According to a report by the World Bank, African universities will need to produce a million researchers or more if the continent is to drive development over the next decade. Otherwise, a lack of experts will continue to hinder development.
The World Bank survey on which the report is based, highlights the key challenges facing Africa, including a lack of employment opportunities for the rapidly increasing youth population, climate change, disease, food insecurity and political instability.
African Population & Health Research Centre
The report from the African Population and Health Research Centre (APHRC), a research think tank based in Nairobi, suggests that Sub-Saharan Africa contributes only one percent of global scientific products such as patents and peer-reviewed articles.
Speaking at a forum hosted by the APHRC, the organisations Executive Director Catherine Kyobutungi said, “Despite Africa being a significant source of research its global contribution is still low. This is because of low investment in research, which results in Africa’s limited representation in the global knowledge economy.”
Dr Kyobutungi called on African countries to increase investment in scientific research to advance knowledge in order to meet the continent’s economic and social development needs.
Achieving Economic and Social Empowerment in Africa
“We are telling our politicians”, said Dr Kyobutungi, “that Africa will not achieve its dream of economic and social empowerment by continuing to rely on international technical expertise.”
“We need to develop our own scientists from home-grown talent who will develop evidence based local solutions that can cascade to the local level and change people’s lives.”
Kenya Spending on R&D
Kenya is in fact Africa’s second biggest spender on research and development at 0.8 per cent of GDP, second only to South Africa who spends 0.85 per cent.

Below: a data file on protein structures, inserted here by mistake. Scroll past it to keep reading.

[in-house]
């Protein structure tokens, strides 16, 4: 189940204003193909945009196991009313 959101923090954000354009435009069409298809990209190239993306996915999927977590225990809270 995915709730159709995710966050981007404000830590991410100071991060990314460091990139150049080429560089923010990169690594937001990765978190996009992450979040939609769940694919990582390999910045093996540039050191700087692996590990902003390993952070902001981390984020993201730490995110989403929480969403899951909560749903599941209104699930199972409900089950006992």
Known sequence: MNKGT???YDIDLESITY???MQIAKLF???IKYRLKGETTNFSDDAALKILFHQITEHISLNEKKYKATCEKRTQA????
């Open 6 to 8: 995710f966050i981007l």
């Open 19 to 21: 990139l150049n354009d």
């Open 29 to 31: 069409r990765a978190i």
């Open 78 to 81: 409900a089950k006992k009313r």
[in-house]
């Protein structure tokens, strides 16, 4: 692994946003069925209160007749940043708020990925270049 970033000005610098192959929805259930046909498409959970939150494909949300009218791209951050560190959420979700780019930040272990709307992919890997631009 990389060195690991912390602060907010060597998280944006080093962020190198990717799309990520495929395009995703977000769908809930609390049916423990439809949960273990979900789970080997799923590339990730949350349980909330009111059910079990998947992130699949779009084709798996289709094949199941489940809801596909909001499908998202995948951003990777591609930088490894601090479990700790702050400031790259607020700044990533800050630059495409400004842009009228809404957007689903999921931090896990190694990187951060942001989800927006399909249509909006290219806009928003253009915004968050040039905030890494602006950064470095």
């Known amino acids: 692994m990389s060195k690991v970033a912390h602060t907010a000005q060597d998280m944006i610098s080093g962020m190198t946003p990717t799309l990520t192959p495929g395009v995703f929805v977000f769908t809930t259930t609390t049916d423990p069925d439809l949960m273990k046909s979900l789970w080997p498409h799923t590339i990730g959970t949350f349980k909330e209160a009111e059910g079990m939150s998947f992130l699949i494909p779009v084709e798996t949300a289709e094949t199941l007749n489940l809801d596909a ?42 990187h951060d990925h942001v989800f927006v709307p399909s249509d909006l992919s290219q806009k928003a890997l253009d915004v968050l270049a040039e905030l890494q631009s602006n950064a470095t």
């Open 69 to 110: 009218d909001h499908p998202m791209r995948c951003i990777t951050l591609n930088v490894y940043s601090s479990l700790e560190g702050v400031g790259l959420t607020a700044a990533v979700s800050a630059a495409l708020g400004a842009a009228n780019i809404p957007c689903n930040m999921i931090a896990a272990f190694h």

Gross domestic spending on R&D is defined as the total expenditure on R&D carried undertaken by all resident companies, research institutes, university and government laboratories in a country and funded from abroad.
The global research and development expenditure, as a percentage of GDP across 67 countries, was 2.3 per cent in 2020, compared the average in Africa of 0.3 per cent.
Dr Kyobutungi noted however, that most of the research and development funds in Kenya come from foreign donors. For example, the Kenya Medical Research Institute runs a budget of Sh7 billion per year but only Sh1 billion comes from the Treasury, the rest from foreign donors.
Who’s Priorities, Africa’s or Donors?
An additional concern is that that such research is often more aligned to the needs of the donor countries, according to Dr Kyobutungi.
“For instance,” Dr Kyobutngi said, “the priority for donor may be climate change while Kenya is more interested in infectious diseases.”
“Unless African governments step up, we will keep fitting into boxes that have been put up by foreign donors”, said Dr Kyobutungi.
However, also speaking at the APHRC’s 25th anniversary celebrations in Nairobi, Professor Tom Kariuki, head of the Science for Africa Foundation, praised the government.
“For me, the complaints about research being donor-funded,” said Prof Kariuki, “is old fashioned because no one puts a gun on your head to force you to accept donor funds.”
The former head of the APHRC, Professor Alex Ezeh, stated that the economic future of Africa is not in natural resources but in human capital.
“Many times the cost of not dong research is higher than the cost of research,” Prof Ezeh said.
The above comments coming out of the APHRC indicate a need to develop a research and development sector here in Kenya. However, recent moves, from companies such as Google and Visa, suggest that Kenya is already becoming more of a hub for forward-looking products.
Consider reading: ‘Google Opens Product Development Center in Kenya‘ if you are interested.